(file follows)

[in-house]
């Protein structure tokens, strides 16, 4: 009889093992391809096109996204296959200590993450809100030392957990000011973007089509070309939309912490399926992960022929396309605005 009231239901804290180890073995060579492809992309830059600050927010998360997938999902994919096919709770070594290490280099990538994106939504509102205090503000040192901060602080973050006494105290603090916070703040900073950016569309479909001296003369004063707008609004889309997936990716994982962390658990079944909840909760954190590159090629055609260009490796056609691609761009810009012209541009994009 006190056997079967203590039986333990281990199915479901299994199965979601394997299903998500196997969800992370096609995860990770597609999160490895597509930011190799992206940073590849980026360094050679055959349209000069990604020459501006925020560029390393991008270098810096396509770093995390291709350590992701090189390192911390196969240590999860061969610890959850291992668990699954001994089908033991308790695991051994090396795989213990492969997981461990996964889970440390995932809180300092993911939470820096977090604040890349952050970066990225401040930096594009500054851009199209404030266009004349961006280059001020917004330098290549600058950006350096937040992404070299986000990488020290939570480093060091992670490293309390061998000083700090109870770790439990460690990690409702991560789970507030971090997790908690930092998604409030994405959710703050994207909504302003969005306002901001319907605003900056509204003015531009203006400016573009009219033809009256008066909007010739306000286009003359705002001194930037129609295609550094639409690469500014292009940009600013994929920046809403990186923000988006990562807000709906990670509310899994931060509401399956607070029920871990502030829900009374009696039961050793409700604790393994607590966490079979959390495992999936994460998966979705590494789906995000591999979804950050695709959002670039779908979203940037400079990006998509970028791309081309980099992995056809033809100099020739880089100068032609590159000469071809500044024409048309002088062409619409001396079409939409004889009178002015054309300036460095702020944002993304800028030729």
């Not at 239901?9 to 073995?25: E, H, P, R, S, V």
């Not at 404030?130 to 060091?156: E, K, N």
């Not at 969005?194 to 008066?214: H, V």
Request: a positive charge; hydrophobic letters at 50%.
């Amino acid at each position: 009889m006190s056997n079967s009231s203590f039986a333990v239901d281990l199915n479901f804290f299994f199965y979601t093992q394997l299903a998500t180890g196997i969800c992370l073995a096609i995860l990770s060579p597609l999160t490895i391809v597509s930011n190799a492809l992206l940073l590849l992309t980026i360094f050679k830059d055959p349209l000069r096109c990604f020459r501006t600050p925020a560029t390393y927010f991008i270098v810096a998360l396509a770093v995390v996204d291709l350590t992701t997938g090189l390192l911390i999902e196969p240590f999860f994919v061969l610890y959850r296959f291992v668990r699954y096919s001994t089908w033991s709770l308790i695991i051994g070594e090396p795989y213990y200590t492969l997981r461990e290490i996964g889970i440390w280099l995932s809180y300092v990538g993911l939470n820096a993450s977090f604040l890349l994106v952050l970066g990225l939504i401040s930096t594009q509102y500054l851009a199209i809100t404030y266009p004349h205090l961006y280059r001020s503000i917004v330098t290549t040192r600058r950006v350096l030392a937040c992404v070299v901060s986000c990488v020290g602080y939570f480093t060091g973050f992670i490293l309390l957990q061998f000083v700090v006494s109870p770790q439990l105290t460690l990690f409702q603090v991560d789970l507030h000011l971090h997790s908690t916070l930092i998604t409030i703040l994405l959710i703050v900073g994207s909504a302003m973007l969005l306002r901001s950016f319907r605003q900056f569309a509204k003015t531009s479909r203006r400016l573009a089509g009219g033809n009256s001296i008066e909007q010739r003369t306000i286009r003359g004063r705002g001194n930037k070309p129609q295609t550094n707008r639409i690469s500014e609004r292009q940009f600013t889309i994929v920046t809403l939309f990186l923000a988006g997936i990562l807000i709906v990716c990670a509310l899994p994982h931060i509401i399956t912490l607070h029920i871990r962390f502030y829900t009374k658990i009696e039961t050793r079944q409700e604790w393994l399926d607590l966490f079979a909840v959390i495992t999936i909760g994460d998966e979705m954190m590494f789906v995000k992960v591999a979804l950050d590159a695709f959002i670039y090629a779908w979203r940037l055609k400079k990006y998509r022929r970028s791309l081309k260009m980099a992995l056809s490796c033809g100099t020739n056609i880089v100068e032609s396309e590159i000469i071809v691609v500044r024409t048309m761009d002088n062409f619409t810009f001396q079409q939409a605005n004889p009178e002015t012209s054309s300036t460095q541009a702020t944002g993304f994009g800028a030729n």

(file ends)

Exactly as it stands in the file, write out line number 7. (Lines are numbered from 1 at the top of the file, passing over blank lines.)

């Amino acid at each position: 009889m006190s056997n079967s009231s203590f039986a333990v239901d281990l199915n479901f804290f299994f199965y979601t093992q394997l299903a998500t180890g196997i969800c992370l073995a096609i995860l990770s060579p597609l999160t490895i391809v597509s930011n190799a492809l992206l940073l590849l992309t980026i360094f050679k830059d055959p349209l000069r096109c990604f020459r501006t600050p925020a560029t390393y927010f991008i270098v810096a998360l396509a770093v995390v996204d291709l350590t992701t997938g090189l390192l911390i999902e196969p240590f999860f994919v061969l610890y959850r296959f291992v668990r699954y096919s001994t089908w033991s709770l308790i695991i051994g070594e090396p795989y213990y200590t492969l997981r461990e290490i996964g889970i440390w280099l995932s809180y300092v990538g993911l939470n820096a993450s977090f604040l890349l994106v952050l970066g990225l939504i401040s930096t594009q509102y500054l851009a199209i809100t404030y266009p004349h205090l961006y280059r001020s503000i917004v330098t290549t040192r600058r950006v350096l030392a937040c992404v070299v901060s986000c990488v020290g602080y939570f480093t060091g973050f992670i490293l309390l957990q061998f000083v700090v006494s109870p770790q439990l105290t460690l990690f409702q603090v991560d789970l507030h000011l971090h997790s908690t916070l930092i998604t409030i703040l994405l959710i703050v900073g994207s909504a302003m973007l969005l306002r901001s950016f319907r605003q900056f569309a509204k003015t531009s479909r203006r400016l573009a089509g009219g033809n009256s001296i008066e909007q010739r003369t306000i286009r003359g004063r705002g001194n930037k070309p129609q295609t550094n707008r639409i690469s500014e609004r292009q940009f600013t889309i994929v920046t809403l939309f990186l923000a988006g997936i990562l807000i709906v990716c990670a509310l899994p994982h931060i509401i399956t912490l607070h029920i871990r962390f502030y829900t009374k658990i009696e039961t050793r079944q409700e604790w393994l399926d607590l966490f079979a909840v959390i495992t999936i909760g994460d998966e979705m954190m590494f789906v995000k992960v591999a979804l950050d590159a695709f959002i670039y090629a779908w979203r940037l055609k400079k990006y998509r022929r970028s791309l081309k260009m980099a992995l056809s490796c033809g100099t020739n056609i880089v100068e032609s396309e590159i000469i071809v691609v500044r024409t048309m761009d002088n062409f619409t810009f001396q079409q939409a605005n004889p009178e002015t012209s054309s300036t460095q541009a702020t944002g993304f994009g800028a030729n």